Engineers at the University of New South Wales (UNSW) have announced the invention of a "radical" architecture for quantum computing, essentially allowing quantum bits (qubits) -- the basic unit of information in a quantum computer -- to be placed hundreds of nanometres apart and still remain coupled. The invention is based on novel "flip-flop qubits" that UNSW said promises to make the large-scale manufacture of quantum chips dramatically cheaper and easier. To operate the flip-flop qubit, researchers need to pull the electron away from the nucleus, using the electrodes at the top; doing so creates an electric dipole. The conceptual breakthrough is the creation of an entirely new type of qubit using both the nucleus and the electron. The new chip design allows for a silicon quantum processor that can be scaled up without the precise placement of atoms required in other approaches.
The University of Sydney has been awarded a slice of a multimillion dollar research grant from the United States Office of the Director of National Intelligence to advance its research in quantum computing. The undisclosed funding chunk will be injected into the Quantum Control Laboratory, which is led out of the university's month-old AU 150 million Sydney Nanoscience Hub. Additionally, an international consortium which includes the University of Sydney has also been selected by the US government-led LogiQ program to help deliver a logical quantum-bit (qubit) based on trapped ions. The LogiQ program is an initiative run by US government agency the Intelligence Advanced Research Projects Activity, which is seeking creative technical solutions to the challenge of encoding imperfect physical qubits into a logical qubit, with a quibit forming the foundations for quantum computing. According to Sydney University's associate professor Michael Biercuk, a logical qubit is considered a holy grail in quantum information.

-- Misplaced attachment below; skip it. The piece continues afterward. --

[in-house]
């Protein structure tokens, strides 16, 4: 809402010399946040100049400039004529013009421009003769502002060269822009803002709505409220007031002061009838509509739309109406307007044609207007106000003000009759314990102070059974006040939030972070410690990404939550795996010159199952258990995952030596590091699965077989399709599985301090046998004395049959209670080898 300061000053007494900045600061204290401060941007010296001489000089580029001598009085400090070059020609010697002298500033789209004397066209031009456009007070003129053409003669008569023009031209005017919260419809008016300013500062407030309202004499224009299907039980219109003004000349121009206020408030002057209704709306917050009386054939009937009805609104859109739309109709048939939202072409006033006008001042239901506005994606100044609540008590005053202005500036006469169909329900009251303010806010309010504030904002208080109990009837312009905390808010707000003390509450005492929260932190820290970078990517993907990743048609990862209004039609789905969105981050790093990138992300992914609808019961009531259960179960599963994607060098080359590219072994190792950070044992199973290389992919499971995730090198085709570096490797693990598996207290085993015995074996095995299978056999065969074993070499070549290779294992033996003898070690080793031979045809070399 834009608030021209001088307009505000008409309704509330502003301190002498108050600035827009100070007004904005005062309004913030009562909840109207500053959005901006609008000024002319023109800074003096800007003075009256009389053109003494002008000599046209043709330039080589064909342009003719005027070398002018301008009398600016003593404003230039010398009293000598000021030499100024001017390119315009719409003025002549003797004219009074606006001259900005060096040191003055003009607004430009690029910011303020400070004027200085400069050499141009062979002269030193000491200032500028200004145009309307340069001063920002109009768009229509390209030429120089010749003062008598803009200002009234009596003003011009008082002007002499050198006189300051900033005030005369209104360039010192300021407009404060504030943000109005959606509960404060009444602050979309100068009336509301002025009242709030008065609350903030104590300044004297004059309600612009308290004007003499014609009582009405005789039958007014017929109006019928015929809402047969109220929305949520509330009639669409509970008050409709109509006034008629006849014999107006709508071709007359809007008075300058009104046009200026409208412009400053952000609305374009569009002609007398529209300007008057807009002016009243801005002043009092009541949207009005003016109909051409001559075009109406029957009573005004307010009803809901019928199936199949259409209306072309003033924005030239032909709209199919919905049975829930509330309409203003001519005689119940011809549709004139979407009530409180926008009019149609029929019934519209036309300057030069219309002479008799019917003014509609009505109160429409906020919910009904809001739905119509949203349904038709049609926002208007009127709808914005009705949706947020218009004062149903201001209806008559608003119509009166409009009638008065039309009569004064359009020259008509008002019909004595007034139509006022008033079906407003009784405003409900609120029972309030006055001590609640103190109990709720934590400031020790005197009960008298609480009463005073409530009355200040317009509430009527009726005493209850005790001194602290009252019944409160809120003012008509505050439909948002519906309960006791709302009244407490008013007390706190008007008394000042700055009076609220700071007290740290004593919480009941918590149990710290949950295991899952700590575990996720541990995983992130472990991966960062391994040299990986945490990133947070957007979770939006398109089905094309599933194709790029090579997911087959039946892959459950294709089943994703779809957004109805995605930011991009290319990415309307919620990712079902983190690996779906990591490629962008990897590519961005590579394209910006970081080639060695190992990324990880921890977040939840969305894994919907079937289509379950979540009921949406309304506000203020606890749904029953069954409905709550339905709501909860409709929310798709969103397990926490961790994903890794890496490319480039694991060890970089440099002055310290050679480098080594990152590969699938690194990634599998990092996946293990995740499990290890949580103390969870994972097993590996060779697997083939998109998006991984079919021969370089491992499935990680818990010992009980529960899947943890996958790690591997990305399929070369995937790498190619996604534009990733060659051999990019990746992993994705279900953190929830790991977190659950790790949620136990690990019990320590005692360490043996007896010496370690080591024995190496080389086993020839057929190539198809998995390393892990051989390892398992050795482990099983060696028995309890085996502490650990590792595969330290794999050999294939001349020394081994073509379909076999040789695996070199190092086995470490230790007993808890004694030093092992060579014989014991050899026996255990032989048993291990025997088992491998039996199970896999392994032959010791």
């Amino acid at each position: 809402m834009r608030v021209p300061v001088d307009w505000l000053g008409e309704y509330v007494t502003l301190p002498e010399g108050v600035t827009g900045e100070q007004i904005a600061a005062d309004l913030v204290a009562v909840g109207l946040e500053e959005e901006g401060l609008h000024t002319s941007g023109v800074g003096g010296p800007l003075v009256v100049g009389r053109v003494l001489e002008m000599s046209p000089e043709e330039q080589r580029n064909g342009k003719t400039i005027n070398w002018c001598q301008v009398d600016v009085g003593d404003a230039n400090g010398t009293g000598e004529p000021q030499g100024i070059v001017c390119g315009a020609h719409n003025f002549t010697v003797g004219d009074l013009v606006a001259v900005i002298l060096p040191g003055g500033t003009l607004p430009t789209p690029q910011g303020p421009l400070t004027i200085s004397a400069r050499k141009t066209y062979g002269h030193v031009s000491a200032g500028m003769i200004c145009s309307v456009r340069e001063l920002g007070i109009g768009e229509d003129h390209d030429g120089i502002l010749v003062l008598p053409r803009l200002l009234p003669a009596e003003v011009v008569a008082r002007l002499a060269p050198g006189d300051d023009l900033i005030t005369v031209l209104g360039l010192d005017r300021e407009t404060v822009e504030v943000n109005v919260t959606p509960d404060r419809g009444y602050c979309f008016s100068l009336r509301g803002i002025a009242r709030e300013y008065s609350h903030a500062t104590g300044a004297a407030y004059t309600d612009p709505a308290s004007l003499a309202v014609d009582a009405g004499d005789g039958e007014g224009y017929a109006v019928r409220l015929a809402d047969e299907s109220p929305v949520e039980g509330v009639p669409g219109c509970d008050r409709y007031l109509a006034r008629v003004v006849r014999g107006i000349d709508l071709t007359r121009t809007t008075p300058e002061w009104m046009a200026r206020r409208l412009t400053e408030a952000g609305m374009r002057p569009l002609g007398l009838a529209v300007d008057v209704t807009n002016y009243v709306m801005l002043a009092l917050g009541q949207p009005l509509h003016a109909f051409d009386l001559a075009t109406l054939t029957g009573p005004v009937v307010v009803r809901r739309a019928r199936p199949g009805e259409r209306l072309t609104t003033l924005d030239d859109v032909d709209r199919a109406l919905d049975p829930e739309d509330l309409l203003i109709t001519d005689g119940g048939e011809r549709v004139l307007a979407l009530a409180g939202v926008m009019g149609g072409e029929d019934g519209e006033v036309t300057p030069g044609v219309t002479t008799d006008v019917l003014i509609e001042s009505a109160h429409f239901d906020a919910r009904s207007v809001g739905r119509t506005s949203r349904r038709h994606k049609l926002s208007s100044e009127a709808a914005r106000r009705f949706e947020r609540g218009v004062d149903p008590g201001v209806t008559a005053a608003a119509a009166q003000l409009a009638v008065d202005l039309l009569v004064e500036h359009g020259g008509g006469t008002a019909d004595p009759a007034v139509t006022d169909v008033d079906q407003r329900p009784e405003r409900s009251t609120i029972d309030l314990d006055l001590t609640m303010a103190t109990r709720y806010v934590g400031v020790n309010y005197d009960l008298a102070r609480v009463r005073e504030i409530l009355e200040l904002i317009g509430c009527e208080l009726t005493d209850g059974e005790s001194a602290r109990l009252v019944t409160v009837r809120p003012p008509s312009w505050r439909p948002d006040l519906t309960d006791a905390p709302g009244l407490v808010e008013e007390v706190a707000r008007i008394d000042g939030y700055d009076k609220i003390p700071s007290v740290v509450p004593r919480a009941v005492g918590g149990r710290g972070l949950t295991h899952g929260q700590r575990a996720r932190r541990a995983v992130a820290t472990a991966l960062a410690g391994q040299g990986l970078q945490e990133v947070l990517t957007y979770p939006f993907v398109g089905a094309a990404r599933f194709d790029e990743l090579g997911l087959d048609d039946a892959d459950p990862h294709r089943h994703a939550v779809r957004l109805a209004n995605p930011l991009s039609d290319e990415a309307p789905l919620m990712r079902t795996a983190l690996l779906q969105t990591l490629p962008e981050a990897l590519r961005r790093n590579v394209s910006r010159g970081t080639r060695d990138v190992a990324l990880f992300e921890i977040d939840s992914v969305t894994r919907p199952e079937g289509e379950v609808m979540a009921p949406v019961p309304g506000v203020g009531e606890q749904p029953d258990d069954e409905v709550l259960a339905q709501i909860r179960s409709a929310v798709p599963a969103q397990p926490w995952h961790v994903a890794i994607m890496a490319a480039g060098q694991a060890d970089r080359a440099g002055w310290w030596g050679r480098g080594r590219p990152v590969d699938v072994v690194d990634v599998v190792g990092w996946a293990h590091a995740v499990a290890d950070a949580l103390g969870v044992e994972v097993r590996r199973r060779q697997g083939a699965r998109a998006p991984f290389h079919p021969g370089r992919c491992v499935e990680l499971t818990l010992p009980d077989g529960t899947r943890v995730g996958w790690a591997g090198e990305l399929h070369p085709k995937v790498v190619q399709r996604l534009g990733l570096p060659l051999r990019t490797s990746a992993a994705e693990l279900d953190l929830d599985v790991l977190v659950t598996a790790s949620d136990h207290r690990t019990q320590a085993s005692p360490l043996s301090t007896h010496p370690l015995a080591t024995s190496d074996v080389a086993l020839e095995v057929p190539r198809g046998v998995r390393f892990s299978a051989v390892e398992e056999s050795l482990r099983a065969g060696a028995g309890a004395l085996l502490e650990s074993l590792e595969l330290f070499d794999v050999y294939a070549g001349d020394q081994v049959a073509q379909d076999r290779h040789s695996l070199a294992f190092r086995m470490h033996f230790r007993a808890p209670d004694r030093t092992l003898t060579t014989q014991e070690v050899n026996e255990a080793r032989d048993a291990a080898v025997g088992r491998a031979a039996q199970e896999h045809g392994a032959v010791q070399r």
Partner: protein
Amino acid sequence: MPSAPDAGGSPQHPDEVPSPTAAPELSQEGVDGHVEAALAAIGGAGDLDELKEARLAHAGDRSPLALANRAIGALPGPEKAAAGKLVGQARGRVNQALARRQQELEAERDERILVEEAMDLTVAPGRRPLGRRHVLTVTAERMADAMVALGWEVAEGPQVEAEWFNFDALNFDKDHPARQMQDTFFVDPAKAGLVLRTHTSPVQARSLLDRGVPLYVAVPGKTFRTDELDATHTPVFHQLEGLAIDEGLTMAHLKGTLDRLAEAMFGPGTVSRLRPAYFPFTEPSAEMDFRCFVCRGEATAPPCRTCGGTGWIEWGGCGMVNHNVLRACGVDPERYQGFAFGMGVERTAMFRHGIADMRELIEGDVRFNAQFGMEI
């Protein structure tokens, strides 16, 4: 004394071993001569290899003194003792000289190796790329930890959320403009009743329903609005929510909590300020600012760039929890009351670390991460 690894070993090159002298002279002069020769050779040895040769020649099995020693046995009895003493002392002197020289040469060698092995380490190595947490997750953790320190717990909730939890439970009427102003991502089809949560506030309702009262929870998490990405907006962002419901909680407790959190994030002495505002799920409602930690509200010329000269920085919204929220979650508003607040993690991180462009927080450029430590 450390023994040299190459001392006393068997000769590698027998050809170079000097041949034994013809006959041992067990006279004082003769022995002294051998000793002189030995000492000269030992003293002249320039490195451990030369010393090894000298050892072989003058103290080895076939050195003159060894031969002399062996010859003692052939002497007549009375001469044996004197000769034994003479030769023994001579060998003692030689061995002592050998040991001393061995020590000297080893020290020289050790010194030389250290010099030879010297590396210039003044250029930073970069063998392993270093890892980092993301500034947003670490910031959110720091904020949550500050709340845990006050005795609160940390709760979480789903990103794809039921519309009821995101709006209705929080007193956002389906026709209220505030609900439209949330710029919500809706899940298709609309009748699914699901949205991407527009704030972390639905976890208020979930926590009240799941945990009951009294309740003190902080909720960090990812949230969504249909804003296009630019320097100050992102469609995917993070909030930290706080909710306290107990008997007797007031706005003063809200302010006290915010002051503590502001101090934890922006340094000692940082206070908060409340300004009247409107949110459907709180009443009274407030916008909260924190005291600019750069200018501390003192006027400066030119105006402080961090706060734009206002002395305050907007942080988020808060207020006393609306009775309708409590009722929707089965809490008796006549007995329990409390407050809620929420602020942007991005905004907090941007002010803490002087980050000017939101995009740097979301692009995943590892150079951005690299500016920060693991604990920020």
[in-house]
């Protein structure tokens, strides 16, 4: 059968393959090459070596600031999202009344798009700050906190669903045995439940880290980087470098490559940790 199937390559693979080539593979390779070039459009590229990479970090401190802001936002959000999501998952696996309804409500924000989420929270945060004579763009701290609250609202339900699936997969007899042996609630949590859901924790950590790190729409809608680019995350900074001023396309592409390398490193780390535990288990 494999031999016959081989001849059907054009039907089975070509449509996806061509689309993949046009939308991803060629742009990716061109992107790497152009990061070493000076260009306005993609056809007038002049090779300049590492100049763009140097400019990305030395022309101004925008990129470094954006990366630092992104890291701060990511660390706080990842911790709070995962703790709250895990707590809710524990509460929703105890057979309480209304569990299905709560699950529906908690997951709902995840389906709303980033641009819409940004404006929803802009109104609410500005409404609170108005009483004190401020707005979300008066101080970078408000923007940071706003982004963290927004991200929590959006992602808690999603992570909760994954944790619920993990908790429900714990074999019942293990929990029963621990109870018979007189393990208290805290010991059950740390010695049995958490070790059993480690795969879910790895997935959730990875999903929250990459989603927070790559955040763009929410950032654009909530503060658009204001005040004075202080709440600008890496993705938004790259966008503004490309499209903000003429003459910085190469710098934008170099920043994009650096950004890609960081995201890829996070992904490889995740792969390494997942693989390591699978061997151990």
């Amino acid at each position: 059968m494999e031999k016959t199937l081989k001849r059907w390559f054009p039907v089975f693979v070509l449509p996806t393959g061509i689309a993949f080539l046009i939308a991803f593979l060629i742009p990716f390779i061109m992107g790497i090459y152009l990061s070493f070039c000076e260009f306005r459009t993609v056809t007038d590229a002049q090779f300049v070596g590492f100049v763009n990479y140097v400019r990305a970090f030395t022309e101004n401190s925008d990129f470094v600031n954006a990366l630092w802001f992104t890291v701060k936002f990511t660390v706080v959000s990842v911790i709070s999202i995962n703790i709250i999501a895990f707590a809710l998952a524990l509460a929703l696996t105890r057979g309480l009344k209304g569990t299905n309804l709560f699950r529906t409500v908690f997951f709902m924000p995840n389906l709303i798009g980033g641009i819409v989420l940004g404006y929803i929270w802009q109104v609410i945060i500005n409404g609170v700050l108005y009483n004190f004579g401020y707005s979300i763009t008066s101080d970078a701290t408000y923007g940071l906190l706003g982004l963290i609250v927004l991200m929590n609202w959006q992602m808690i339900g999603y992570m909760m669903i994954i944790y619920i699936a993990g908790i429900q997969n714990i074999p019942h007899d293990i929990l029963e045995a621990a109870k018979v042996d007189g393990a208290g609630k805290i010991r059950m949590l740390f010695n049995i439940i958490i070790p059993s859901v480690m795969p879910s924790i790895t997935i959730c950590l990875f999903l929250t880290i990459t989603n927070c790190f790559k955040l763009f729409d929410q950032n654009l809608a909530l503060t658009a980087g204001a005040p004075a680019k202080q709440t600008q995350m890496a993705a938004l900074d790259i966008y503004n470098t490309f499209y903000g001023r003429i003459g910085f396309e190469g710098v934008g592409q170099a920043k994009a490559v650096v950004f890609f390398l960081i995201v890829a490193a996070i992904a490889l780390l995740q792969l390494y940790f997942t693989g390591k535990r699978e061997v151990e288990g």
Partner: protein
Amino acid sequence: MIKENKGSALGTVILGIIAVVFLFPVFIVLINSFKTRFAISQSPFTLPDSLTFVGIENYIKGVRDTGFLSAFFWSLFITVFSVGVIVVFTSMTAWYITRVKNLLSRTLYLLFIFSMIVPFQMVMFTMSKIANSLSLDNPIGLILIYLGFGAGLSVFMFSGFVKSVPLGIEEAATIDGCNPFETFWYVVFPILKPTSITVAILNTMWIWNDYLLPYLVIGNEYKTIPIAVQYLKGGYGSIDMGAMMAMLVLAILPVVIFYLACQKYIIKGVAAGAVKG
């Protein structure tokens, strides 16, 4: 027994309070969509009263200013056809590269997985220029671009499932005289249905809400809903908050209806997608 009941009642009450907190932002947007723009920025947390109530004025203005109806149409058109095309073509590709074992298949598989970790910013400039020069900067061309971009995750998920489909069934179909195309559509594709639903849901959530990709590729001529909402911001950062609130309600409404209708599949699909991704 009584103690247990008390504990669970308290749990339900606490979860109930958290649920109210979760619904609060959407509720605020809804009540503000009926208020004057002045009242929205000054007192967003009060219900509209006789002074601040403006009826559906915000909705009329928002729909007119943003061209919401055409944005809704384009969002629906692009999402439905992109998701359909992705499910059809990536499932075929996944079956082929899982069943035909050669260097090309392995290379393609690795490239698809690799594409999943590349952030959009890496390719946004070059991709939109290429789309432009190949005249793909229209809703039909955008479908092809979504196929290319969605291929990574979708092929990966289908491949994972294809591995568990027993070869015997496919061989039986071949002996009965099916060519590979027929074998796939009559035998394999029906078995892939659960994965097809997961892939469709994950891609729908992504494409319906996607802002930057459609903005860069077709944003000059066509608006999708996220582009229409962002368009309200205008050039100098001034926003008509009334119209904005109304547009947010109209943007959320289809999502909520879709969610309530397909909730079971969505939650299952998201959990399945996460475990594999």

A scanning tunnelling microscope image showing the electron wave function of a qubit made from a phosphorus atom precisely positioned in silicon. Scientists from the University of New South Wales (UNSW) have announced making two atom quantum bits (qubits) "talk" to each other in silicon, providing the ability to see their exact position in the solid state. The team, led by Director of the Centre of Excellence for Quantum Computation and Communication Technology (CQC2T) -- and recent recipient of the Australian of the Year award -- UNSW Professor Michelle Simmons, created the atom qubits by precisely positioning and encapsulating individual phosphorus atoms within a silicon chip. The information is stored on the quantum spin of a single phosphorus electron, the university said. "In placing our phosphorus atoms in the silicon to make a qubit, we have demonstrated that we can use a scanning probe to directly measure the atom's wave function, which tells us its exact physical location in the chip.
Researchers from the University of New South Wales (UNSW) have announced the results of a test they said has brought a quantum computer closer to reality. According to UNSW, the researchers have demonstrated an integrated silicon quantum bit (qubit) platform that combines both single-spin addressability, which the university explained is the ability to write information on a single spin qubit without disturbing its neighbours, and a qubit "read-out" process, which is expected to be vital for quantum error correction. "Moreover, their new integrated design can be manufactured using well-established technology used in the existing computer industry," UNSW added. Quantum computers will require millions of connected and integrated qubits and the tests completed by the researchers have proven it is possible to correct the errors that occur in fragile quantum systems. There are five leading hardware configurations for a quantum computer, and scientists the world over are trying to determine which is going to be the winner.